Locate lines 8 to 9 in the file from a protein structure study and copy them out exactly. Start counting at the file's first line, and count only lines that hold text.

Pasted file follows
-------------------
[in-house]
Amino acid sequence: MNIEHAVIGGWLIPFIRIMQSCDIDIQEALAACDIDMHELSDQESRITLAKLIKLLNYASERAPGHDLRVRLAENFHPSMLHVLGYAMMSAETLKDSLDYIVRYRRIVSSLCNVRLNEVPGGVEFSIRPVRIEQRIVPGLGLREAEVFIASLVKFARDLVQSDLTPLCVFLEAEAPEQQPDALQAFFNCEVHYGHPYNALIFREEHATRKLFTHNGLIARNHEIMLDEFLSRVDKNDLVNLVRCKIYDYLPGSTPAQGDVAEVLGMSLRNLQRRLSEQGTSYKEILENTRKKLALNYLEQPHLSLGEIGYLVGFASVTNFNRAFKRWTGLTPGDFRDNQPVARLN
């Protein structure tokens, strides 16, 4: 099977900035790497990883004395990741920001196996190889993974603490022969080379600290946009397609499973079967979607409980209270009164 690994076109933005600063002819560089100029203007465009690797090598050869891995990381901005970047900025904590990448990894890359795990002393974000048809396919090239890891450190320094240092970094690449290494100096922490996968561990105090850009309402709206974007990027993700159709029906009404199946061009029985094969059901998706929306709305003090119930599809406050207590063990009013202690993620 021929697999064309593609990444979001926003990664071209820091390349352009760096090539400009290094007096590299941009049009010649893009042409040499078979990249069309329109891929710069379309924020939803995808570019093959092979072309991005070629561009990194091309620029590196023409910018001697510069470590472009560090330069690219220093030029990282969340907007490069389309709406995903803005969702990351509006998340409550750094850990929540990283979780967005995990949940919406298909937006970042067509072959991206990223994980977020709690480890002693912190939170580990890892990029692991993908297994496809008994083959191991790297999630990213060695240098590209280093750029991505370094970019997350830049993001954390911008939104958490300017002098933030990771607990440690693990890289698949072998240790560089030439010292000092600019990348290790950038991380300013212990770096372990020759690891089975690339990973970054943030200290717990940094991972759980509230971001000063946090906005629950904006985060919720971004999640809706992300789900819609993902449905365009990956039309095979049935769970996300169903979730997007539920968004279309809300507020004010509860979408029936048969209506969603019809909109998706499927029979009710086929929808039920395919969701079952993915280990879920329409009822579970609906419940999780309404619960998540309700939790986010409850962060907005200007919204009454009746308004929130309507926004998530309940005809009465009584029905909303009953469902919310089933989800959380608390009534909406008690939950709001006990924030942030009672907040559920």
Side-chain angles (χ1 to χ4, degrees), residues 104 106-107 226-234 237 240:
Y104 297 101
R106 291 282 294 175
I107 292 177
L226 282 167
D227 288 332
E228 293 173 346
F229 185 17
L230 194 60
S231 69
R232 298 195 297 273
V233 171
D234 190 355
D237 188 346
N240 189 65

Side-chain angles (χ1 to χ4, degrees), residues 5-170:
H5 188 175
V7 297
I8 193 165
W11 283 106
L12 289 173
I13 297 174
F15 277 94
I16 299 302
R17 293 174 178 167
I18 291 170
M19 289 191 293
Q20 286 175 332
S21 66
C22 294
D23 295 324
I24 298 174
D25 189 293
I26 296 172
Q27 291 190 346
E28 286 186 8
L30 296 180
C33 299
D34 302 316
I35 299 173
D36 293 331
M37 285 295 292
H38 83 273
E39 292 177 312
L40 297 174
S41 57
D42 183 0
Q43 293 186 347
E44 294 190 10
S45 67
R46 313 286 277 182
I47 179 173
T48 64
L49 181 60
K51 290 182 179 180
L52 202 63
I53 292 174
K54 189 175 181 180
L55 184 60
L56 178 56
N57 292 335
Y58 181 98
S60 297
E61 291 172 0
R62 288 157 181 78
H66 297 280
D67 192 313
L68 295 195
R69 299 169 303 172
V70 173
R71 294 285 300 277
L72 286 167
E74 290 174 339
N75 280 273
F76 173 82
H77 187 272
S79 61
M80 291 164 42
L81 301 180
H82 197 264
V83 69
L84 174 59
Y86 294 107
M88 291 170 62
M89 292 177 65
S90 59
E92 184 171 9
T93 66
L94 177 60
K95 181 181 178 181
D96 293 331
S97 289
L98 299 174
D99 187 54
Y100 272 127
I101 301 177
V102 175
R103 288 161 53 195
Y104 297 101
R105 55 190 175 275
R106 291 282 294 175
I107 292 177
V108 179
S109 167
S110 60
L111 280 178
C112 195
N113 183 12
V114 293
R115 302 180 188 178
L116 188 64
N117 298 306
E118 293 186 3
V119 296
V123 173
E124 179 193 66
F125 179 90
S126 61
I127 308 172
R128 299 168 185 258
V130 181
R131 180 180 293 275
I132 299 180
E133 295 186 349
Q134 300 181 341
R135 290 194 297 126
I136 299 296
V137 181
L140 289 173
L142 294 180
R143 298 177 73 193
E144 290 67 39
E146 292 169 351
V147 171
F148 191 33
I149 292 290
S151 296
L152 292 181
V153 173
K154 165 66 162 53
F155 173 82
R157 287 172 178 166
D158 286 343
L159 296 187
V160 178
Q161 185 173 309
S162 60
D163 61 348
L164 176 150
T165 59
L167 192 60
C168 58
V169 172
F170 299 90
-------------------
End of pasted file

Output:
L226 282 167
D227 288 332